Avoiding moisturizers, sunscreens, and “girly” products doesn’t make you macho; these grooming mistakes put you at greater risk
Chew on this for a sec: in the U.S. alone, more men die of skin cancer each year than women.
According to the Skin Cancer Institute, if you’re younger than 40 and just past your mid-teens, you’re 55 percent more susceptible than women of the same age group. Studies also show men start to develop wrinkles a decade before women. So why is it? Simple answer: Non-action.
“In general, men do not take good care of their skin. Partly, I think it’s because men haven’t been trained to apply anything to their skin at an early age,” says Dr. Terrence Keaney, a board-certified dermatologist based in Washington, D.C., who is looking to change that taboo with his first-ever male cosmetic and aesthetics center, W for Men. There he sees male patients from age 8 to baby boomers. “If you look at women with just the use of makeup, women are used to using [products] on their skin and it’s a habit. Whereas men really don’t have that habit, except for shaving.”
Other than obvious male-female dissimilarities, some go skin-deep. Skin is a “hormone-responsive organ,” says Keaney. “Meaning, testosterone influences men’s skin to be thicker.” This testosterone drive is what causes men’s baby fine hair to turn thick on skin, a.k.a. why we have chest hair, beards, back hair, and sometimes, as we age, why hair thins on the top of the scalp. Additionally, men produce more sweat, which means more oil. Blotting papers, anyone?
“Anything that you put on your skin will feel different on male skin than female skin, “ says Keaney. “A very luxurious, heavy moisturizer might feel great on female skin, but will fill heavy and oily on male skin.”
Keaney’s office offers a no-judgment, safe-haven in a mancave-like environment for guys to talk hair loss, corrective procedures, anti-aging, lasers, and get schooled in proper upkeep. It’s why we tapped Keaney (who also serves as a Dove Men+Care skin and hair expert) to debunk some of those age-old, bad-habit grooming myths and help you, or any men in your life, ease into solid regimens that deliver results.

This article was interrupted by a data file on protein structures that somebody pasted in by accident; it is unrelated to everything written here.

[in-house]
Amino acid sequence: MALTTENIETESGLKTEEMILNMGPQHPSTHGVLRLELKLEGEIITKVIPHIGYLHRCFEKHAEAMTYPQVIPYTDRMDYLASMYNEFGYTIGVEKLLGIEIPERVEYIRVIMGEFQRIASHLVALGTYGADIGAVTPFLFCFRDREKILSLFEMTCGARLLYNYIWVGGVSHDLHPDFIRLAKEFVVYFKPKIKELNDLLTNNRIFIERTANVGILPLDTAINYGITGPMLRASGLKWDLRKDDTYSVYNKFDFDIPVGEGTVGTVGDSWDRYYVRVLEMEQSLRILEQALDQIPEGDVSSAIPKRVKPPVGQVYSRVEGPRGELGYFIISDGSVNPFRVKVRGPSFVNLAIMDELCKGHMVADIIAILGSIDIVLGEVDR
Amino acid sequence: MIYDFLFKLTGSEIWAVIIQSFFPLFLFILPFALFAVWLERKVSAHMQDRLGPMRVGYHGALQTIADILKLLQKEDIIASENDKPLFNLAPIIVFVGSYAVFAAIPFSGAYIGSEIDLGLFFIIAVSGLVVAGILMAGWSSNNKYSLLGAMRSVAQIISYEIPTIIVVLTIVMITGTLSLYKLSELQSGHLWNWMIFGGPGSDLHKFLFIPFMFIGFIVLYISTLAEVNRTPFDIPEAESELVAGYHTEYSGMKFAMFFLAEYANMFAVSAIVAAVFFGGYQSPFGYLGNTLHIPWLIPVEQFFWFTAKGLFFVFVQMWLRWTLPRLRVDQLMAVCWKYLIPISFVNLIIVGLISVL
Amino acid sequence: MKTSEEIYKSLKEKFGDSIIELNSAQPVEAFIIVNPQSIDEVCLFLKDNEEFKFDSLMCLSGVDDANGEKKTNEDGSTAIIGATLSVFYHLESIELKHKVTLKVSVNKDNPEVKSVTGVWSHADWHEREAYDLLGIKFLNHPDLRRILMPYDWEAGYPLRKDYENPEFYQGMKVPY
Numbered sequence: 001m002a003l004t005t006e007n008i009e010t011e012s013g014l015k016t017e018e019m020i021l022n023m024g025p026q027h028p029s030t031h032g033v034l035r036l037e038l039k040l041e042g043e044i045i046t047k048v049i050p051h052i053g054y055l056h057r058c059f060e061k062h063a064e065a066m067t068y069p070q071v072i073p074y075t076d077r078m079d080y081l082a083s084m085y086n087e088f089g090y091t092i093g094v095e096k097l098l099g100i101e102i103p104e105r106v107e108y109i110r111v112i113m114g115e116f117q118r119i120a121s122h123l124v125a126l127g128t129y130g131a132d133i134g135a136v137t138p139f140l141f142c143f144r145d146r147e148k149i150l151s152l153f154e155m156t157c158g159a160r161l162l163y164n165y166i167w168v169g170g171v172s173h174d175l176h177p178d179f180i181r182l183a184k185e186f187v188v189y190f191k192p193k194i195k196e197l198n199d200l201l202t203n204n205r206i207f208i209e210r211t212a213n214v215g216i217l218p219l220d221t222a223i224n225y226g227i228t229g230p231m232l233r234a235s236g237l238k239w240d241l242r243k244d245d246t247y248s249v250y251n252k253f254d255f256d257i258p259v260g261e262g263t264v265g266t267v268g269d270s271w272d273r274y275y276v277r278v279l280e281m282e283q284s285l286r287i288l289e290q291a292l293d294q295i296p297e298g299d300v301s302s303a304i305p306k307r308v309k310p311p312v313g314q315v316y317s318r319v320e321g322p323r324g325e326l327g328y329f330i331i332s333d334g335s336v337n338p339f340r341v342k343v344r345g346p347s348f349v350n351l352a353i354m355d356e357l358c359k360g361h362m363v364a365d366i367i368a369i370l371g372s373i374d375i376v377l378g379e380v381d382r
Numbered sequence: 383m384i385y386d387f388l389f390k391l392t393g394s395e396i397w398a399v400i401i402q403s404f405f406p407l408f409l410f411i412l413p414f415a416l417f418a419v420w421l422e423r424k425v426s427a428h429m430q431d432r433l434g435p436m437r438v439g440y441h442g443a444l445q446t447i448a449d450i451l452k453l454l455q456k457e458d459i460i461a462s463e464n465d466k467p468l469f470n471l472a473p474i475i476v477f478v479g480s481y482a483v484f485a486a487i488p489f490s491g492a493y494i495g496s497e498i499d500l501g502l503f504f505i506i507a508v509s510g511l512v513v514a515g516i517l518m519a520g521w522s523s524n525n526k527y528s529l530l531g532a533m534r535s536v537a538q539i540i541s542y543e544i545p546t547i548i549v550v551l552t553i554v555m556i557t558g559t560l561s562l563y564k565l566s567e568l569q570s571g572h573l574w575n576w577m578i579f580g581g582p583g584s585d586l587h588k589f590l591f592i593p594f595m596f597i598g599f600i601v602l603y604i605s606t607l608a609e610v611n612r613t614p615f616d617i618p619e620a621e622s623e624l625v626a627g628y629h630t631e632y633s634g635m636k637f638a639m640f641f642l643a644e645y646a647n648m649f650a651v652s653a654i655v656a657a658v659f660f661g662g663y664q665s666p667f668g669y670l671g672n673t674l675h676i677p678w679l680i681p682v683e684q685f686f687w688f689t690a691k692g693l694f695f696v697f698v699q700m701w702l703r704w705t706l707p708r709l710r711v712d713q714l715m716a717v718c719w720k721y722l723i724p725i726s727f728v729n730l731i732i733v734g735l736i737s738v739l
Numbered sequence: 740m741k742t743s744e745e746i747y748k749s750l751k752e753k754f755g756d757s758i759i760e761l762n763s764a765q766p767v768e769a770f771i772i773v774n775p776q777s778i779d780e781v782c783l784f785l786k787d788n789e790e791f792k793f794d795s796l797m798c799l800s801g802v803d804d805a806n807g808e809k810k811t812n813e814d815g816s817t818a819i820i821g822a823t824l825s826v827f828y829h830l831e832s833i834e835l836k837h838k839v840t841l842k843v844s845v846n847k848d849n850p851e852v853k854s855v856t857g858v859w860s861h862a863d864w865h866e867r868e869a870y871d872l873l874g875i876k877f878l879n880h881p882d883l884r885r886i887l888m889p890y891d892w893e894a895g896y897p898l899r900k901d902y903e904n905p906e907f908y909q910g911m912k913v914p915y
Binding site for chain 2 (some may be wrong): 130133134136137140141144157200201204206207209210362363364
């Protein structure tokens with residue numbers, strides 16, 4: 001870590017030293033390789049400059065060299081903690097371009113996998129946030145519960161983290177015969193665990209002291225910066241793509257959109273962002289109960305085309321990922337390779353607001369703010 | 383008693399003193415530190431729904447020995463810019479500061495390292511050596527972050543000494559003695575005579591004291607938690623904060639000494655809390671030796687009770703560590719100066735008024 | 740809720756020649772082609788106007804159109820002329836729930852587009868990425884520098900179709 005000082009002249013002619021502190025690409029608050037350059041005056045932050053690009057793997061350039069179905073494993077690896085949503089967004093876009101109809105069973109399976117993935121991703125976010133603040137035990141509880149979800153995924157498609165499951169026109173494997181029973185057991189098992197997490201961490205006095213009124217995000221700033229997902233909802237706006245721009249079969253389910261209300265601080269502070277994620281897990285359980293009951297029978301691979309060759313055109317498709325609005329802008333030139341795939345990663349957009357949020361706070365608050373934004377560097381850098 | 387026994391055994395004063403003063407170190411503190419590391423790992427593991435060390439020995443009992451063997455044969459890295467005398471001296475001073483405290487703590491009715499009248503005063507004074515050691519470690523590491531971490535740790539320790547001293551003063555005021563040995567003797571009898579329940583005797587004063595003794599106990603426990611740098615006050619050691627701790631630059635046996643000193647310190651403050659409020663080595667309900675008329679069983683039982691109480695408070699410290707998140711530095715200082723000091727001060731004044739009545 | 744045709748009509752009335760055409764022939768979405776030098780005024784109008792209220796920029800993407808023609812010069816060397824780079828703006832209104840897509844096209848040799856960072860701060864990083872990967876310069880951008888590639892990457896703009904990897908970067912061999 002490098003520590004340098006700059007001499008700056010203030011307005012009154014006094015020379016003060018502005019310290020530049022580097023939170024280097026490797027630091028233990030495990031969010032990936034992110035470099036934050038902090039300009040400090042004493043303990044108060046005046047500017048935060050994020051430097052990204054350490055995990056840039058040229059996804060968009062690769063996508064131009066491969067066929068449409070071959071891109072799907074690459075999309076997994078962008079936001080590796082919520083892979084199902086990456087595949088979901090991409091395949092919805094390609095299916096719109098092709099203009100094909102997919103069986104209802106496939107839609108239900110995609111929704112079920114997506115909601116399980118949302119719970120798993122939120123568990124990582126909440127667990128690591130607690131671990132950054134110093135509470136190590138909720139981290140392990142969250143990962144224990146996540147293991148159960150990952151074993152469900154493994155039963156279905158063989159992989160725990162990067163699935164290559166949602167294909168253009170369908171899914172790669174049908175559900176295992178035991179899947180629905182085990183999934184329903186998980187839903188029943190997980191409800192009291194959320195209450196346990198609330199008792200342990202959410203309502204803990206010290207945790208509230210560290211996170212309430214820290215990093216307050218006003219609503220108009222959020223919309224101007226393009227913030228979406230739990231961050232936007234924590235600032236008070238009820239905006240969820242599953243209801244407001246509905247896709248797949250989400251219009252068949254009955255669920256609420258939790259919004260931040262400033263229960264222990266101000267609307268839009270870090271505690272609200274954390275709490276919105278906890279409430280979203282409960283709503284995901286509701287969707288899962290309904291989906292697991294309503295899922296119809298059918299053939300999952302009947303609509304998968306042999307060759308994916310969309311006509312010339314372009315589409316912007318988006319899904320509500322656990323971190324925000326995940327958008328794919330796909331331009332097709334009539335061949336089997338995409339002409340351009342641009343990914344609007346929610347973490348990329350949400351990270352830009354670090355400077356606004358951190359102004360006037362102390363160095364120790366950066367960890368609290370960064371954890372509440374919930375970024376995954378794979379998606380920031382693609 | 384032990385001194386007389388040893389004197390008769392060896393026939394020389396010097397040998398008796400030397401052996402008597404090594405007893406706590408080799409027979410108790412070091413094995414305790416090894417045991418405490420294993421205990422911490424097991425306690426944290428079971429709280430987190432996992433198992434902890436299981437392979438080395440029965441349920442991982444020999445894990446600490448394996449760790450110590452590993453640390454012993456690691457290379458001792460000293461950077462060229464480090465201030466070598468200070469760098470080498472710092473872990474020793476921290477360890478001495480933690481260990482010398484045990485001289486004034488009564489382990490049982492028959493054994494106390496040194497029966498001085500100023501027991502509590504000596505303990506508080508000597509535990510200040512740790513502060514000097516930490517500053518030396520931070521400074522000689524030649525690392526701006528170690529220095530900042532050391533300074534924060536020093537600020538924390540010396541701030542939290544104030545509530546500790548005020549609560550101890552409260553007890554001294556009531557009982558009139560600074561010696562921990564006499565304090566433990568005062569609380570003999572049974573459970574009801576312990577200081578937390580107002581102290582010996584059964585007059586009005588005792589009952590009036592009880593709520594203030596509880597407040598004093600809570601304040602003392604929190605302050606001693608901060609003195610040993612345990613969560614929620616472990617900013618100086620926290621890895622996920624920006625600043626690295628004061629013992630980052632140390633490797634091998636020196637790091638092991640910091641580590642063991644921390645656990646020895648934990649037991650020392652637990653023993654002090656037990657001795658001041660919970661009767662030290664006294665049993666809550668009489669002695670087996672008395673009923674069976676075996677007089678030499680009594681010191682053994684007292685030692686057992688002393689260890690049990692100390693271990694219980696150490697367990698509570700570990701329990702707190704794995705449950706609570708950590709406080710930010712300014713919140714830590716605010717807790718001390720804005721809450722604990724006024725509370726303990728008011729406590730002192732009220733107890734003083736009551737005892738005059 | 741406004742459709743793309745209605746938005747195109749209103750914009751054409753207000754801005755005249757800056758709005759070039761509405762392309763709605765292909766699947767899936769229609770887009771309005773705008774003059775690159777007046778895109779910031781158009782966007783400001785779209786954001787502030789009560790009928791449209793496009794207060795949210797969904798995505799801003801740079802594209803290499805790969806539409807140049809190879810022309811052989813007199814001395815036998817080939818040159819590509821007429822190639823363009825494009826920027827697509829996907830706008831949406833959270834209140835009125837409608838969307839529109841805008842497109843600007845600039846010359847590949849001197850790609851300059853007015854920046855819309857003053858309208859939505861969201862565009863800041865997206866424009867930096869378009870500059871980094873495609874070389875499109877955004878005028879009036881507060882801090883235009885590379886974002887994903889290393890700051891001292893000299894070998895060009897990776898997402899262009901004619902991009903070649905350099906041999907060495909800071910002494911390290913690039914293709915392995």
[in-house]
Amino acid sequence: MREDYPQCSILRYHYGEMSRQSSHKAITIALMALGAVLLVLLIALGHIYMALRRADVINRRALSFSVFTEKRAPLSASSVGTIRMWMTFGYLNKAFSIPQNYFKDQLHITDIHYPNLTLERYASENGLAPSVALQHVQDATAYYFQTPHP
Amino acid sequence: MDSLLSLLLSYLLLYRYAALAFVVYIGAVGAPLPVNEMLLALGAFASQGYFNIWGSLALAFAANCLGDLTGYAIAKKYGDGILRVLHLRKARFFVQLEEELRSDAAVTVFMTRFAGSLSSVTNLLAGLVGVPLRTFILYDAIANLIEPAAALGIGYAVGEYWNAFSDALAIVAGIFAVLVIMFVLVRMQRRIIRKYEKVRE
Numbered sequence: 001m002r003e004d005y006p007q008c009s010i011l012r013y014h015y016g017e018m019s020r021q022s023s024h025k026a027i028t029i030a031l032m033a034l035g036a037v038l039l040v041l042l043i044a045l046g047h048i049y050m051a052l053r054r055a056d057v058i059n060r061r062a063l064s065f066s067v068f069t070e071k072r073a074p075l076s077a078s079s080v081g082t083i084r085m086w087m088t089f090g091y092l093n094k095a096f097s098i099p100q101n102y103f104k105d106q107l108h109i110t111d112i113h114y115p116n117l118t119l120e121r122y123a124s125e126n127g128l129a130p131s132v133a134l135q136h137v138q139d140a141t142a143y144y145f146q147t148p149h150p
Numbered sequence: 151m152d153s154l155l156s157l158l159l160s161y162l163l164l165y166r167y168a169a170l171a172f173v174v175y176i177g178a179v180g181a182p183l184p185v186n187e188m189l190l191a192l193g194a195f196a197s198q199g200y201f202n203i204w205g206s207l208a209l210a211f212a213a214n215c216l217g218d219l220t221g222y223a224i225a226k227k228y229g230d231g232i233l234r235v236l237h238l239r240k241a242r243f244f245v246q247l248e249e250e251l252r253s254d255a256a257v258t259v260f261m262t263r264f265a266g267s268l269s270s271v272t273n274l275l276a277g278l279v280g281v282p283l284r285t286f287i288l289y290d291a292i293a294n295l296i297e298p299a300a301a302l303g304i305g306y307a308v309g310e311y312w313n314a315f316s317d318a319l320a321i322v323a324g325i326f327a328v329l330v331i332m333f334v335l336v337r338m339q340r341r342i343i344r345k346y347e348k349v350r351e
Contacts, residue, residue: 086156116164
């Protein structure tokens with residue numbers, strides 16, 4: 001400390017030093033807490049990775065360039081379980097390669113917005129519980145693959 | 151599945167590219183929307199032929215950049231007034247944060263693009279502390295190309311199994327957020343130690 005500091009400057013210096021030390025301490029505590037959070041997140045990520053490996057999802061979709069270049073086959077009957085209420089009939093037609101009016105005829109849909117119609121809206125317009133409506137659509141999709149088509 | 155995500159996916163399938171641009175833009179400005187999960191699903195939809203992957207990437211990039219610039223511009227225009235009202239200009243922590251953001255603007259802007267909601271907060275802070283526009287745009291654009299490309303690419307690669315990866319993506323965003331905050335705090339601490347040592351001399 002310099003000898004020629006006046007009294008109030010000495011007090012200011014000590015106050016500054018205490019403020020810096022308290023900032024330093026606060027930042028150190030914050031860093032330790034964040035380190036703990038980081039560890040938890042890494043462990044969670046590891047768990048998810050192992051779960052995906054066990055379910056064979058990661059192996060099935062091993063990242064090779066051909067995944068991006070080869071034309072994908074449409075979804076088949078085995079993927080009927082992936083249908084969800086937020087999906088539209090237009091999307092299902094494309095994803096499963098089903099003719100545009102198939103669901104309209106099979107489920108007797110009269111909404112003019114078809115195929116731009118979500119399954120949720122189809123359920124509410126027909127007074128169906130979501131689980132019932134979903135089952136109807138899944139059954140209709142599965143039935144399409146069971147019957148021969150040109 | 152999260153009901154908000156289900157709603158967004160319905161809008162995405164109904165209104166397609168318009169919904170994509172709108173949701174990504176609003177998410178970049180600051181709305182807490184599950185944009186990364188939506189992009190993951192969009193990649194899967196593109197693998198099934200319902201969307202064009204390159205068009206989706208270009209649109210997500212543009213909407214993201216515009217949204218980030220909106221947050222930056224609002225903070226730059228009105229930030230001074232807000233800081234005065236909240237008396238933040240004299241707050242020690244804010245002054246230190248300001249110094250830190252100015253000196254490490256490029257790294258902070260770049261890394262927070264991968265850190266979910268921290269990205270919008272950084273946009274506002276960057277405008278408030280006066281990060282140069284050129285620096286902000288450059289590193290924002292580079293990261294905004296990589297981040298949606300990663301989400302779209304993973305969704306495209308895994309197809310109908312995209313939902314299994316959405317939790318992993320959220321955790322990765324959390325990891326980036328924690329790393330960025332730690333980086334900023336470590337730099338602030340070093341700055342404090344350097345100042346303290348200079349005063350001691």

You’re not using, or are hesitant to use, skin care products
“Some of my male patients don’t do anything,” says Keaney. “I get them started on basic skincare by emphasizing that, yes, they may feel a little oily, but using a moisturizer, sunscreen, and taking good care of their skin is important.”
Slow and steady wins the race. Don’t overwhelm them. Don’t get them a list of products to go to the store and get. The simpler, the better. You can add [more products] over time,” says Keaney. “For most men, it’s shaving in the morning and brushing their teeth at night.”
Placing products near the razor and the toothbrush, like Dove’s Hydrating Lotion, triggers a call to action and forms a new daily habit. To begin, cleanse in the shower, apply a moisturizer, and finish with a broad-spectrum sunscreen with SPF 30.
Dollar Shave Club subscription-service razors ($2+month). Splurge on the add-on items, like Dr. Carver’s Magnanimous Post-Shave All-In-One Moisturizer ($9). And although on the pricy side, Drunk Elephant’s Umbra Sheer Physical Defense SPF 30 ($38) is one of the best on the market.
Cleanse away your past product sins
You’re buying what you think you need
“Most men pick up what’s available,” says Keaney. “For cleansing, men look for something aggressive that makes skin feel tight and taut.”
Usually that means an antibacterial wash that, in actuality, strips away needed oils. Or, a scrubbing cleanser that’s too vigorous. “Part of the problem is that men go overboard and tend to scrub too hard,” says Keaney.